Swedish man reads his own obituary: ‘Rumours of my death have been greatly exaggerated’

Nadine Kalinauskas
Daily Buzz
Snow lies over head stones at Trinity Church Cemetery during a winter storm in New York January 3, 2014. A major snowstorm producing blizzard-like conditions hammered the northeastern United States on Friday, causing more than 1,000 U.S. flight delays and cancellations, paralyzing road travel, and closing schools and government offices. REUTERS/Zoran Milich (UNITED STATES - Tags: SOCIETY ENVIRONMENT)

Sven-Olof Svensson, 81, from Jönköping in Sweden, was reading the local Jönköpings-Posten newspaper on New Year's Eve when he came across something startling: his own obituary.

Even stranger: it had been written by his 90-year-old sister, as well as his good friend Lars Faltskog.

According to the Metro, Svensson had been admitted to the hospital on Christmas Eve for feeling "unwell."

When his sister called the hospital, she misunderstood his doctors and assumed he'd already died.

On January 3, three days after the obituary had been published, Faltskog arrived at the hospital to collect Svensson's personal belongings. Svensson was still there — sitting up and very much alive — to greet him.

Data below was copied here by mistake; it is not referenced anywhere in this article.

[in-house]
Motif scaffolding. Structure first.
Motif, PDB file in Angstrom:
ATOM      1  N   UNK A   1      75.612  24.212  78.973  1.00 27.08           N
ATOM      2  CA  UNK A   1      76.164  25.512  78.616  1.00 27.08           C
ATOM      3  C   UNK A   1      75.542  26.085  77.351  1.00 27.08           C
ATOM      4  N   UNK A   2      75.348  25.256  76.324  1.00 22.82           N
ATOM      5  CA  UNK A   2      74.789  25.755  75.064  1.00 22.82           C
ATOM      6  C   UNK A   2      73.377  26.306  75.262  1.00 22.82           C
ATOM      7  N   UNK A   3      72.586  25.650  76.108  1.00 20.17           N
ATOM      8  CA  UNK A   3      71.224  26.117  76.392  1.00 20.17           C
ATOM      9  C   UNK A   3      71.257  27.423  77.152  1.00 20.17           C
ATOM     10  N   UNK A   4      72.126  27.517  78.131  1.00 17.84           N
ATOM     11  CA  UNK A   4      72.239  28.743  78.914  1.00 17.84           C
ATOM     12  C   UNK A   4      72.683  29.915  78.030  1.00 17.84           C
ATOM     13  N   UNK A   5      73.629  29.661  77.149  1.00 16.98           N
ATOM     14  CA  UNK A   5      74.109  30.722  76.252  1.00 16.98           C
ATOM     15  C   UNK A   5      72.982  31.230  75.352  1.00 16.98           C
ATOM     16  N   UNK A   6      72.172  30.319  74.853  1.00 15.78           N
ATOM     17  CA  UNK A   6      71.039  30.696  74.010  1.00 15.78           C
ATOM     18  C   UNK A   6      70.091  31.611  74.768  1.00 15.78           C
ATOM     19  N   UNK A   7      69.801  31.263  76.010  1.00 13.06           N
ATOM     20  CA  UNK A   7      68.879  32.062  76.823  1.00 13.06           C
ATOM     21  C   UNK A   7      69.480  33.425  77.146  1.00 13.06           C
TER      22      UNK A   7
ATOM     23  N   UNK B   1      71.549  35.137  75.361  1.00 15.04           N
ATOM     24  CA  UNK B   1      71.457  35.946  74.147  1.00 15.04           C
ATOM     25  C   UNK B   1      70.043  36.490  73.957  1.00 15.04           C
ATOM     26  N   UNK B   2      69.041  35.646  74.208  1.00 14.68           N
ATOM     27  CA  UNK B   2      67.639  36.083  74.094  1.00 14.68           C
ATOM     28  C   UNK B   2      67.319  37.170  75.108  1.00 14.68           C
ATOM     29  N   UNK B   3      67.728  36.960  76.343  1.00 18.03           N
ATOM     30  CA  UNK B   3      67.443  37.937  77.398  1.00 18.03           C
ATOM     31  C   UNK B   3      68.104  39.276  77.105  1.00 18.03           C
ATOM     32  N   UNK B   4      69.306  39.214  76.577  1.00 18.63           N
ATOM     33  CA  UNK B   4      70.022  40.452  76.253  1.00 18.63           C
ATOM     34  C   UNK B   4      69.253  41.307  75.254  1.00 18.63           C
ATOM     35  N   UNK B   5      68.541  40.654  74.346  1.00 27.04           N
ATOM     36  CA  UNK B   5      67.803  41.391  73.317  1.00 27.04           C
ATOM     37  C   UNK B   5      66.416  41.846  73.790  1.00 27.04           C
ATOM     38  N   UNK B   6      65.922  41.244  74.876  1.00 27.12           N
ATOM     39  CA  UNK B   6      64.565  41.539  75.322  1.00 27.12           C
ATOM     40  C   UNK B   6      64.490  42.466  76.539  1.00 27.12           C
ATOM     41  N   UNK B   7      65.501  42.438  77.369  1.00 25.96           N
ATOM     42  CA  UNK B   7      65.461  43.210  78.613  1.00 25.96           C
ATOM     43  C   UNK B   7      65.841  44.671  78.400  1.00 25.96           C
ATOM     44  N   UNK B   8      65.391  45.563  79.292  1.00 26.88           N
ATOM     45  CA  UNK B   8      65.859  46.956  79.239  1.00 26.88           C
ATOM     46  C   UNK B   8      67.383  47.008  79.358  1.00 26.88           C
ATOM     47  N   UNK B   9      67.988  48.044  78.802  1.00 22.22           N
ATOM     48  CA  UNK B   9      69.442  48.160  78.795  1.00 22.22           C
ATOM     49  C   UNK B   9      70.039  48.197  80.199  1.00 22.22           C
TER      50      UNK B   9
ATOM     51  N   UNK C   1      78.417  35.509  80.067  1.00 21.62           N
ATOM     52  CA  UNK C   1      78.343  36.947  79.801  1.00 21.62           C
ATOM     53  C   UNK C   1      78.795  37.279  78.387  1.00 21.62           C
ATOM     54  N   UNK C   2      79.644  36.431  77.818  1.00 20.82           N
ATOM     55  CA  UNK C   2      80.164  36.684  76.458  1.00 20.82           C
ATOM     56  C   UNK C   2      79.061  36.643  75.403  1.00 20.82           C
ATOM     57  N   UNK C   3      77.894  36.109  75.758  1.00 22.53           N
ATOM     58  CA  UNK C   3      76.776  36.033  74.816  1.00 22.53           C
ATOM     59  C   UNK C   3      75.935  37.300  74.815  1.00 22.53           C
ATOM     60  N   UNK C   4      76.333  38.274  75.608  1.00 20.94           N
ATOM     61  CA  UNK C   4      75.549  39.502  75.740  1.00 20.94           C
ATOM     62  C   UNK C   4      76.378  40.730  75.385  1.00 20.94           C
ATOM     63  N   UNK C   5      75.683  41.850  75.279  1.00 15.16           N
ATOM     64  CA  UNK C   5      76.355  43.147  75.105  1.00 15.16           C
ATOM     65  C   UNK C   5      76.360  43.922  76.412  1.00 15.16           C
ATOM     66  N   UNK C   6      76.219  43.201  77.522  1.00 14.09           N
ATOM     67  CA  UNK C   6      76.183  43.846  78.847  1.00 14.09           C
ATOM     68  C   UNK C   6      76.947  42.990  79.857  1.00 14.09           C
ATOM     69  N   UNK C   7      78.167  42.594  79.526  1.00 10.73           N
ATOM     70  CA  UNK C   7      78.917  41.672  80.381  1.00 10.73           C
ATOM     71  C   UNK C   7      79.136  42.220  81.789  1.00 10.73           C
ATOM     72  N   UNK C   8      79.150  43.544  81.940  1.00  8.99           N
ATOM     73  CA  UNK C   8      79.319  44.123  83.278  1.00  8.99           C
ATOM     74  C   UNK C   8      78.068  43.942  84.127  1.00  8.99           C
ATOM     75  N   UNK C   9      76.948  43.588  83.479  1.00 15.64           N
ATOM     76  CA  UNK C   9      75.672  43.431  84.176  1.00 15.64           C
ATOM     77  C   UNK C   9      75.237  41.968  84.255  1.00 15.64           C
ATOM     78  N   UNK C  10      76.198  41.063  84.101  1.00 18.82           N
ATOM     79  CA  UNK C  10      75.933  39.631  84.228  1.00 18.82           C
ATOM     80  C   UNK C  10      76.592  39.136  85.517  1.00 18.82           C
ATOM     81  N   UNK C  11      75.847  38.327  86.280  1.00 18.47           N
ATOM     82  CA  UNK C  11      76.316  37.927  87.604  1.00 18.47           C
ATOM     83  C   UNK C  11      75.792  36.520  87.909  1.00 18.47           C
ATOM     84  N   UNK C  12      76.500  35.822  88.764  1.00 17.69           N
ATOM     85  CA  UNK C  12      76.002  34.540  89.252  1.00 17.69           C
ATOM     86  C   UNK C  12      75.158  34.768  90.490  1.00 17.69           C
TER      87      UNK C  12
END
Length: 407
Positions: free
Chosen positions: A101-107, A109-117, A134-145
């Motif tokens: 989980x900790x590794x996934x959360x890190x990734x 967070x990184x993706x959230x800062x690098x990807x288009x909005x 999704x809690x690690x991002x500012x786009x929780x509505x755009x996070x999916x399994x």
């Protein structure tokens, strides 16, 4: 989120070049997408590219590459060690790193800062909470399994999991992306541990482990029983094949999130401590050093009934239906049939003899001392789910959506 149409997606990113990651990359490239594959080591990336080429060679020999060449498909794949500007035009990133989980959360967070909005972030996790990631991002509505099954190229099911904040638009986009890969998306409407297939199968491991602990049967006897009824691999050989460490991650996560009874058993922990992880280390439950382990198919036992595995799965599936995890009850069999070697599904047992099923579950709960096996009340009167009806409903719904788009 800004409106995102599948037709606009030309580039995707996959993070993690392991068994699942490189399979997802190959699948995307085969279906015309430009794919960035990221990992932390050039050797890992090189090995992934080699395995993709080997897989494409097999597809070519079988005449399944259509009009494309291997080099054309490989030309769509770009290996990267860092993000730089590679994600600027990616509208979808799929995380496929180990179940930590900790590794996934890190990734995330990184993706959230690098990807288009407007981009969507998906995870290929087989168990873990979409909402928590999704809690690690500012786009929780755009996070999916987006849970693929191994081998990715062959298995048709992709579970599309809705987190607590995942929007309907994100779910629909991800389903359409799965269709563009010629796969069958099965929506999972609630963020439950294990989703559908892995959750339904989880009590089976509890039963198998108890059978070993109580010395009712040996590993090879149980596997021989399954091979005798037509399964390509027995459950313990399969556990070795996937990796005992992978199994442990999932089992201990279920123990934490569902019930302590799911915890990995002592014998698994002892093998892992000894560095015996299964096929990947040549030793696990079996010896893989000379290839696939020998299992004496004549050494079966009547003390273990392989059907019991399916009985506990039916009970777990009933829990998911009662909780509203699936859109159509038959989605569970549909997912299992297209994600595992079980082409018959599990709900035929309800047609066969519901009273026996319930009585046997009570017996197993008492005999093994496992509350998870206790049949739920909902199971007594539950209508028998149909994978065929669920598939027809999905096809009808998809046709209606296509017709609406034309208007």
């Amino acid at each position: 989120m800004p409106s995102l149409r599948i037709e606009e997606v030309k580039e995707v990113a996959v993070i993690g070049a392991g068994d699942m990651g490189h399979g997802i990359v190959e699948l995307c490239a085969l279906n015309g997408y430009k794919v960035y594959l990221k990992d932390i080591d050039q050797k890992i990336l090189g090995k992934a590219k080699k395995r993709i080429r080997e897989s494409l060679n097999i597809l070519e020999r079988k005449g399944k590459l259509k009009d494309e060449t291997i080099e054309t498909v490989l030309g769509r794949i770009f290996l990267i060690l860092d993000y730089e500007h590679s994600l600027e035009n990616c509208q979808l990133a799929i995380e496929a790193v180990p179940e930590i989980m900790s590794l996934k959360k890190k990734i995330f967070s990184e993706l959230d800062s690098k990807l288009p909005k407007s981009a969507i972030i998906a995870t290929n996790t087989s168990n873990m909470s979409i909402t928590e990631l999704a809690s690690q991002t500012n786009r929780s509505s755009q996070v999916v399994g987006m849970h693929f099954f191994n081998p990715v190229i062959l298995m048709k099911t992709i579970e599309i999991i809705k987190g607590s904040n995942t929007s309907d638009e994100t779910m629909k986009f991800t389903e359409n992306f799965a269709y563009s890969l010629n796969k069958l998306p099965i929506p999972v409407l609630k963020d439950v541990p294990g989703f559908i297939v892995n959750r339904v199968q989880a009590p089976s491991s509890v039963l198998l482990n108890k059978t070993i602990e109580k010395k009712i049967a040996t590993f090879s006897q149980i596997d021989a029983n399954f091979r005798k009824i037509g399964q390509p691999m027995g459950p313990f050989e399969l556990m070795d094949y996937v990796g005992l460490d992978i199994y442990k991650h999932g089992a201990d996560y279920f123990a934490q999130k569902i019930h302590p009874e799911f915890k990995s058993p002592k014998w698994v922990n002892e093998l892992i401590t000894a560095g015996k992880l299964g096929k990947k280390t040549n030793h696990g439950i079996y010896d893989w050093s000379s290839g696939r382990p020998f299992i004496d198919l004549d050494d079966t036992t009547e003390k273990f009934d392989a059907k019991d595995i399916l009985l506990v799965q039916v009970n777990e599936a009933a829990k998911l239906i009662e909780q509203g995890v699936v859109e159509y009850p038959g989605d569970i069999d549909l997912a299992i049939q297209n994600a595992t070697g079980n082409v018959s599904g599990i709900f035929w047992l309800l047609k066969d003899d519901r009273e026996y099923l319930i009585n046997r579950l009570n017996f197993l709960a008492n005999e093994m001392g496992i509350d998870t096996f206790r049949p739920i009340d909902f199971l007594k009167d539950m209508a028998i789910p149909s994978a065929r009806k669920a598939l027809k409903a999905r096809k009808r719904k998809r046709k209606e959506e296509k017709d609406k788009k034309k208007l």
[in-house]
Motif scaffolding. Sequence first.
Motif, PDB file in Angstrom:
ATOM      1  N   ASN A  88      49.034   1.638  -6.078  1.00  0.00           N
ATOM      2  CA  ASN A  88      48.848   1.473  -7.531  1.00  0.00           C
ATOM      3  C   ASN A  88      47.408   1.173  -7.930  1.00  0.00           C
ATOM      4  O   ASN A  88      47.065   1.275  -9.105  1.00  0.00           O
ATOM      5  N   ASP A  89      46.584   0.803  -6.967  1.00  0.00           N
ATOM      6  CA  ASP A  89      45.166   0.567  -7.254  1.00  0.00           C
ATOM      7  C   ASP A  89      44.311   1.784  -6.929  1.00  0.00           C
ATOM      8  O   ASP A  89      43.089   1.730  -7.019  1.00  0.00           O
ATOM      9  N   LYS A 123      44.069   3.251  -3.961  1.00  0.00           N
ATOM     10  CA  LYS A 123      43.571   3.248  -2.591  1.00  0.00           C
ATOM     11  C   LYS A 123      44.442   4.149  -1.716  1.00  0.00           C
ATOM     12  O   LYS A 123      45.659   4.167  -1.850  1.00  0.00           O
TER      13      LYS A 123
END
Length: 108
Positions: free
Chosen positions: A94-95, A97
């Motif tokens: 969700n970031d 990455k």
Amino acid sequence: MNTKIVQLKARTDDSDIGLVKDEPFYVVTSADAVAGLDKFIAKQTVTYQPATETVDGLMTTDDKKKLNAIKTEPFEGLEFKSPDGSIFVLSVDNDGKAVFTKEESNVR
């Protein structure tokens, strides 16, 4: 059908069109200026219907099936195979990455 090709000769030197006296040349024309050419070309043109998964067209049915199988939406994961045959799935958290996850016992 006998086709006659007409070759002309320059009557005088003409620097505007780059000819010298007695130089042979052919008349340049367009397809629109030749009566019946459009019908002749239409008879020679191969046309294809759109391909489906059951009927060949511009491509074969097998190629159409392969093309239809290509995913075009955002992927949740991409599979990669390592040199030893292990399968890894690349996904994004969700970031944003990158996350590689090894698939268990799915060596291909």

Fortunately, Svensson could laugh off the mix-up:

"Rumours of my death have been greatly exaggerated," he said, paraphrasing Mark Twain.

A reporter from the newspaper came to visit him shortly after for a "follow-up" article.

"You can see the humour in it. It's understandable to me that there may have been a mistake, even if it was fatal, in this case," Svensson told the Jönköpings-Posten. "According to my sister, she rang up the doctors and talked about me and, as she understood it, I had died. It's clear that she was shocked."

When asked how he felt about reading his own obituary, he said "you don't feel much."

"We are all on the same road. Sooner or later you are going to end up in the obituary section. I’ve lived a fantastic long life, I’m 81 and can’t complain about my age."